How I Met Your Mother is the epitome of “journey before destination.” Take each episode for what it is: a separate scenario that catalyzes jokes between these peculiar characters. If you think too hard about the plot or the direction, you’ll only end up disappointed. Instead, switch off your brain and enjoy.
14. Raising Hope (2010)
4 Seasons | 88 Episodes | IMDb: 8.0
Most people have never heard of this show, let alone seen it. And that’s a shame because it’s an underrated gem, full of heart and depth underneath its ratty exterior. Raising Hope is about a dead-end “white trash” family’s struggles that arise when the son unexpectedly fathers a child named Hope.
Raising Hope is another in a long line of quirky-but-sweet sitcoms, but this one elevates itself with its unique premise and wonderful performances. If not for anything else, you ought to watch for Martha Plimpton (a sassy-yet-lovable mother) and Garret Dillahunt (an oft-typecasted villain who plays the dopey father this time around). It’s pure, unrefined amusement.
Watch Raising Hope on Netflix [No Longer Available]
15. Santa Clarita Diet (2017)
1 Season (Ongoing) | 11 Episodes | IMDb: 7.7
When I mentioned Santa Clarita Diet as one of the many Netflix originals to look forward to in 2017, I never expected it to be as good as it turned out to be. A zombie-based family sitcom that takes place in the suburbs of Los Angeles? It sounds silly but is actually clever, subversive, and meta.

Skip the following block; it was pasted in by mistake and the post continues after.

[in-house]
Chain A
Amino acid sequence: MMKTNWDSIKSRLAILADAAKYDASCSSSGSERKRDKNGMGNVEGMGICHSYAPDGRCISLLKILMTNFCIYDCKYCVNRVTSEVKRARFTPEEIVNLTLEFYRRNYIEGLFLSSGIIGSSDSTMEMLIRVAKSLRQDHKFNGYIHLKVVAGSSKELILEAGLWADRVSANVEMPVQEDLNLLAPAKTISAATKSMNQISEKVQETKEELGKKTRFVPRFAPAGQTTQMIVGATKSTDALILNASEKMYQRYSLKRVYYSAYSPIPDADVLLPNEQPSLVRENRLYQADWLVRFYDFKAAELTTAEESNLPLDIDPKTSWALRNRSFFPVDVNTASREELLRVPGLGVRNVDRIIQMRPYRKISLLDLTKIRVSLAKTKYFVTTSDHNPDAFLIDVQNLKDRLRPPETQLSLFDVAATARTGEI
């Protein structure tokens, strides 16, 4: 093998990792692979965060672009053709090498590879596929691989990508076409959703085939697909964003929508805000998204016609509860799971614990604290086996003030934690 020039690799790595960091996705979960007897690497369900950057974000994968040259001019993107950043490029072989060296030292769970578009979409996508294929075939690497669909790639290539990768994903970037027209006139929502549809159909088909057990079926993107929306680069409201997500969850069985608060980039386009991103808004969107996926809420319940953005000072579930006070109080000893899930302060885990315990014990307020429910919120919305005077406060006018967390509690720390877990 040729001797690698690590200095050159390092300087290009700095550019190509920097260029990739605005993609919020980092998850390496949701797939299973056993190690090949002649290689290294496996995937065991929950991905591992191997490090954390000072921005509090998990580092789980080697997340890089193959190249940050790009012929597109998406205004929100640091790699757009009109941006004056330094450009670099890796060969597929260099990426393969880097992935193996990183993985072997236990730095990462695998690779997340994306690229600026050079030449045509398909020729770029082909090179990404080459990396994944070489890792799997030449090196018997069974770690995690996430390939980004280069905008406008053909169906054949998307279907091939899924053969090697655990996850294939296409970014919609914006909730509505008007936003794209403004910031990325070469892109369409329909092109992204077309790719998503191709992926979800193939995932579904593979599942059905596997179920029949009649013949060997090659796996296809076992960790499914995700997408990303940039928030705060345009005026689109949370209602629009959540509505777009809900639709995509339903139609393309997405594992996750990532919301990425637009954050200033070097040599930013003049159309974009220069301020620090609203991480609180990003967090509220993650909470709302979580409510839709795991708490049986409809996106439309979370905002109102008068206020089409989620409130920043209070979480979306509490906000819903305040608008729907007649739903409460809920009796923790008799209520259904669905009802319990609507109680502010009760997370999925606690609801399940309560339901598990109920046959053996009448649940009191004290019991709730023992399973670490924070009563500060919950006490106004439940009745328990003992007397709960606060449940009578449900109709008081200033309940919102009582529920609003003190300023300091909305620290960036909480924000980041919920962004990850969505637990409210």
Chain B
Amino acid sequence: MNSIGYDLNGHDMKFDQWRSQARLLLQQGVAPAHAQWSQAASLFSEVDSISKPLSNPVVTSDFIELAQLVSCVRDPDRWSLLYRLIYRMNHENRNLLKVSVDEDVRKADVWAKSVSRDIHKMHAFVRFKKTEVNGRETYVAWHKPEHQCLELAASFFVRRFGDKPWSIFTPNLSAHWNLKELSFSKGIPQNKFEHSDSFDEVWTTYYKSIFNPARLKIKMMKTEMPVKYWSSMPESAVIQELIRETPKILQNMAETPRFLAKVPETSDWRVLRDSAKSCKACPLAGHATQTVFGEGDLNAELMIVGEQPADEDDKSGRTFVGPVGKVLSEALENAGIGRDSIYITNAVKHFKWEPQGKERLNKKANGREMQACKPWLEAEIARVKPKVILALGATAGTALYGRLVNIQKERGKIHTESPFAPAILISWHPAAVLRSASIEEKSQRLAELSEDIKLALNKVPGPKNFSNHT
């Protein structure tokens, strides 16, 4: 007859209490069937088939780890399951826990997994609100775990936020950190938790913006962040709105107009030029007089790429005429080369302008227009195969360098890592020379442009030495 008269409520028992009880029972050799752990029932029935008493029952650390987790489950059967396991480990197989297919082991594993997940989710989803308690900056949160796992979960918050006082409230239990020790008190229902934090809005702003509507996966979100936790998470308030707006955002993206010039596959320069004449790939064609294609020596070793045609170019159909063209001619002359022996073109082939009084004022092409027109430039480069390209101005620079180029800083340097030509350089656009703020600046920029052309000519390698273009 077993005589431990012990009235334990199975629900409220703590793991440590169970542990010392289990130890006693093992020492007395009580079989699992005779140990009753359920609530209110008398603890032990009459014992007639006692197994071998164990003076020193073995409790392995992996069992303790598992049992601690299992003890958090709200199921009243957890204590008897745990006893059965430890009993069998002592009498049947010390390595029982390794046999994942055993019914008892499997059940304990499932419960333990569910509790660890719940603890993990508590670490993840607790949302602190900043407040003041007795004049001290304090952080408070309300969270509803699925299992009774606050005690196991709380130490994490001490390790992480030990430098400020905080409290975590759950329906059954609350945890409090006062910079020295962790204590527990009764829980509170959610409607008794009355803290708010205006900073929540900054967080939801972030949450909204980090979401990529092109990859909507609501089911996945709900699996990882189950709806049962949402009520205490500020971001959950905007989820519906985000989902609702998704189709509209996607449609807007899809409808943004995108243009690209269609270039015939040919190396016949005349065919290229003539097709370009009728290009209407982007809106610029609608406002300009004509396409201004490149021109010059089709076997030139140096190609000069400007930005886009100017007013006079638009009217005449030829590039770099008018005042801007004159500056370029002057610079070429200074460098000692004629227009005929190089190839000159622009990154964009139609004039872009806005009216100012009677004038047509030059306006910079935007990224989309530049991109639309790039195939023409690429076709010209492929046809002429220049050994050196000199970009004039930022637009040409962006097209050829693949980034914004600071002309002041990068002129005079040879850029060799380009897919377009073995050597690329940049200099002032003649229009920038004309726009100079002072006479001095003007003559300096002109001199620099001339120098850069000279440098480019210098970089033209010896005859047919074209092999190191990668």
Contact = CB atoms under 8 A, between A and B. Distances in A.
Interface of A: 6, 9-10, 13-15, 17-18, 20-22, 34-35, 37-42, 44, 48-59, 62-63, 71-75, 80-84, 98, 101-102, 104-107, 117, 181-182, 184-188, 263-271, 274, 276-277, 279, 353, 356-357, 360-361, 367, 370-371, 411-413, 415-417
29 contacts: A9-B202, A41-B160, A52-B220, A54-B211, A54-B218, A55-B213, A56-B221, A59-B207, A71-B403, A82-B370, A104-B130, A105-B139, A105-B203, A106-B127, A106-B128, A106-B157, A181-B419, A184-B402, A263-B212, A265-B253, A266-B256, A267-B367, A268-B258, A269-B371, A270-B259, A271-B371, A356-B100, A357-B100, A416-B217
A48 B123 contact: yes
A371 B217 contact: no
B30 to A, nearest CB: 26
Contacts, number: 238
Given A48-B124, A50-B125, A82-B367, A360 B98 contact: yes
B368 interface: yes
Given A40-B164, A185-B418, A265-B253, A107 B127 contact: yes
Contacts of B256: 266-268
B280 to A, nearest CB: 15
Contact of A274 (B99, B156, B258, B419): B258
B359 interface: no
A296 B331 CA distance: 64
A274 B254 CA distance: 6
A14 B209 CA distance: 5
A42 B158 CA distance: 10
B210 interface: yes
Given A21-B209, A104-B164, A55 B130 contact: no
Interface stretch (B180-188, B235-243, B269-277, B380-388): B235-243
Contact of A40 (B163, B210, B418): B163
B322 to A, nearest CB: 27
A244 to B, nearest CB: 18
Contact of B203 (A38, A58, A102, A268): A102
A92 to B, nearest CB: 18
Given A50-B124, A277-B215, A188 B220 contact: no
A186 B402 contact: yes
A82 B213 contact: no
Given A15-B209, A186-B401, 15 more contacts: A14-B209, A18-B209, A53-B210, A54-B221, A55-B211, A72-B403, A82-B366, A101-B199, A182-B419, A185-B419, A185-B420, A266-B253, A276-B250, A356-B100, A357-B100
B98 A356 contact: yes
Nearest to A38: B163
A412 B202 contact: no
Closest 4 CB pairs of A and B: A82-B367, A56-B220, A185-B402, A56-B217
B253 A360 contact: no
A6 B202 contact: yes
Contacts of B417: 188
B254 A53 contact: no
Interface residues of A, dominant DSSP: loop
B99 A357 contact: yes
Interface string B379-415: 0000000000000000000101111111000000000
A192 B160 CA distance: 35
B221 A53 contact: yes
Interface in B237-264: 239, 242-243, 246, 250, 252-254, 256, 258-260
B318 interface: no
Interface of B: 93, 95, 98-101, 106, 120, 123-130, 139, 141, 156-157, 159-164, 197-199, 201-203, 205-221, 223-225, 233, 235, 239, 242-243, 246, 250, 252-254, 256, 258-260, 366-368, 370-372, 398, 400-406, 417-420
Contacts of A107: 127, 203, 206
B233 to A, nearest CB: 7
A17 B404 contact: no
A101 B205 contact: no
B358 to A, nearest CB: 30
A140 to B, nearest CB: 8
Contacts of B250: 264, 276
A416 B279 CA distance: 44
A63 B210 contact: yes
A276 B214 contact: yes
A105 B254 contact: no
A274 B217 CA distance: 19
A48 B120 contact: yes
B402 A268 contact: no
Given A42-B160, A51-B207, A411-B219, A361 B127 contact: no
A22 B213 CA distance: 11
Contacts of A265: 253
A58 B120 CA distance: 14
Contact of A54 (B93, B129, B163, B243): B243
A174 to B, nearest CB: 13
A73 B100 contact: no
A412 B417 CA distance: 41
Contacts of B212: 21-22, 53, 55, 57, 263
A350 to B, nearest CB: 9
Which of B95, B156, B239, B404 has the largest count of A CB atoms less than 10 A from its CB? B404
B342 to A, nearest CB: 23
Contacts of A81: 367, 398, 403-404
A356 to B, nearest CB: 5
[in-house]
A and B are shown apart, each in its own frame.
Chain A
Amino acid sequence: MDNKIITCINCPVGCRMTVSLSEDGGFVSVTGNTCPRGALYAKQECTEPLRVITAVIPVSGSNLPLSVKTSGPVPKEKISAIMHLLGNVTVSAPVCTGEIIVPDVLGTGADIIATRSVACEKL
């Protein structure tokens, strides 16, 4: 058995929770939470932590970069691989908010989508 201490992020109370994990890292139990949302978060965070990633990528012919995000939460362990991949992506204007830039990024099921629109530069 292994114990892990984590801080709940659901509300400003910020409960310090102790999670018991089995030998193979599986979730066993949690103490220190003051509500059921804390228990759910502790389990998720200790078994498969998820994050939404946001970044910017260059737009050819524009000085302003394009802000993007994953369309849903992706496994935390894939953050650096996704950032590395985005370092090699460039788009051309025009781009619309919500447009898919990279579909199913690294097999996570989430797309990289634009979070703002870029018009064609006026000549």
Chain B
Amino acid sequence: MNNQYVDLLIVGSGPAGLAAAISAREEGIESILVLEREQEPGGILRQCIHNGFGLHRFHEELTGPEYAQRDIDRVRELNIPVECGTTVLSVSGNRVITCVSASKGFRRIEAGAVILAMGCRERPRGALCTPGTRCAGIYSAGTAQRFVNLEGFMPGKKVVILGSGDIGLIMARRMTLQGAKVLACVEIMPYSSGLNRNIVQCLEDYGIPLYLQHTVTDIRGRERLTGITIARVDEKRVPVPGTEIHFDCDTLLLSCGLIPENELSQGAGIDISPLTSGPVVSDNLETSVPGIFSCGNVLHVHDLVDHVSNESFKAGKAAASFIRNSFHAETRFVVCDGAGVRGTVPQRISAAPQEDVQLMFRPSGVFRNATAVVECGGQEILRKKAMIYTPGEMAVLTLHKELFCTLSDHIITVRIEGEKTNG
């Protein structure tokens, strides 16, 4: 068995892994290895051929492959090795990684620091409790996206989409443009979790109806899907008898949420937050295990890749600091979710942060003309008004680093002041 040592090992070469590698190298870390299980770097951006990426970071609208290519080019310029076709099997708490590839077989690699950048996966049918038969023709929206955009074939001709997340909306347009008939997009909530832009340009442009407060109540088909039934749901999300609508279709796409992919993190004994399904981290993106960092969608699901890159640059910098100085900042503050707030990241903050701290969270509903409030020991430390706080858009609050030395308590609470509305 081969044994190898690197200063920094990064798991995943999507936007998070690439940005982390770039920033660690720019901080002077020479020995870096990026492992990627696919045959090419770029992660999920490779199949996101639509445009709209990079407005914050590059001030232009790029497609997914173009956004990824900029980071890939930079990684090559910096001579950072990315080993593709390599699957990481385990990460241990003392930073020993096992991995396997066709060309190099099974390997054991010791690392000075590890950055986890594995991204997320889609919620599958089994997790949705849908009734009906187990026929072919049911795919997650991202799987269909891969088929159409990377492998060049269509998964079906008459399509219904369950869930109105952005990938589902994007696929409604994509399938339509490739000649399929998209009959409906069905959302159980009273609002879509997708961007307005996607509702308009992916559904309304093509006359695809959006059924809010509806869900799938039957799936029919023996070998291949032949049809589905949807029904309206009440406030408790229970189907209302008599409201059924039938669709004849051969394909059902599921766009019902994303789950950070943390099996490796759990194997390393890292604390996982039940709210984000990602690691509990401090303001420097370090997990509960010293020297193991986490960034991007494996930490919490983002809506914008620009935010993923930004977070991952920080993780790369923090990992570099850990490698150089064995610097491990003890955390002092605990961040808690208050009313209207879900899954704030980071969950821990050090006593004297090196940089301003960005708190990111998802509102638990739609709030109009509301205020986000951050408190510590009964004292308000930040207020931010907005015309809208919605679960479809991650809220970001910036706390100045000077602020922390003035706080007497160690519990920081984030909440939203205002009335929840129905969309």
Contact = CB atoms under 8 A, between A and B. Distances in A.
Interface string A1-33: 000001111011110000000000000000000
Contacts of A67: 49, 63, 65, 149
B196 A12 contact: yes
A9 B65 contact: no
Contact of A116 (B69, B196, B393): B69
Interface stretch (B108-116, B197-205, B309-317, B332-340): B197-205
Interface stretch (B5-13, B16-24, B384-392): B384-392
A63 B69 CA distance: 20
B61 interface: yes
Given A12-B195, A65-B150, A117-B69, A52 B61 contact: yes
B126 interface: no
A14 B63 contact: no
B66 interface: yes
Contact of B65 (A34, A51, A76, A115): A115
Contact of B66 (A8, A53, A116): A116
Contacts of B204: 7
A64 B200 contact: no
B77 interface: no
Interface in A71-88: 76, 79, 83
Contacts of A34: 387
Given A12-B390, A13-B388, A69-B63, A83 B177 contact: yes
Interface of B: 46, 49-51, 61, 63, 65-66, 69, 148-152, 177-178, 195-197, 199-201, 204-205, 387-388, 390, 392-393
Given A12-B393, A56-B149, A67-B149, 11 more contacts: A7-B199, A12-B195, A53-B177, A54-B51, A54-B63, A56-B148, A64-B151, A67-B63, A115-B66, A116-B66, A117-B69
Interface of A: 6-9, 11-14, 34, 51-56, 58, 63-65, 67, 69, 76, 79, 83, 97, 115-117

Give it at least two episodes to win you over. The first episode is a bit rough and rushed, but the rest of the season is spectacularly good. And if the show’s acting feels over-the-top, keep in mind that’s intentional. It frequently plays against tropes and expectations, which may put off a lot of viewers, but it’s one of the reasons why I personally love the show.
What Are Your Favorite Sitcoms of All Time?
Remember that many shows on Netflix can now be downloaded for offline viewing. Furthermore, if you plan on watching Netflix on a Windows computer, you may want to consider using the Windows 10 Netflix app, which has several benefits that aren’t available in web browsers.
When you run out of Netflix sitcoms to watch, don’t forget to check out the high-quality shows on Hulu as well as the amazing shows on HBO Go. (And if you’re enrolled in Microsoft Rewards, you can even get Hulu Plus for free every month.)
Are there any sitcoms you watch on Netflix missing from our list? Which of the sitcoms we recommend above do you love? And which ones do you think are overrated? What are the essential elements of a good sitcom? Please let us know in the comments below!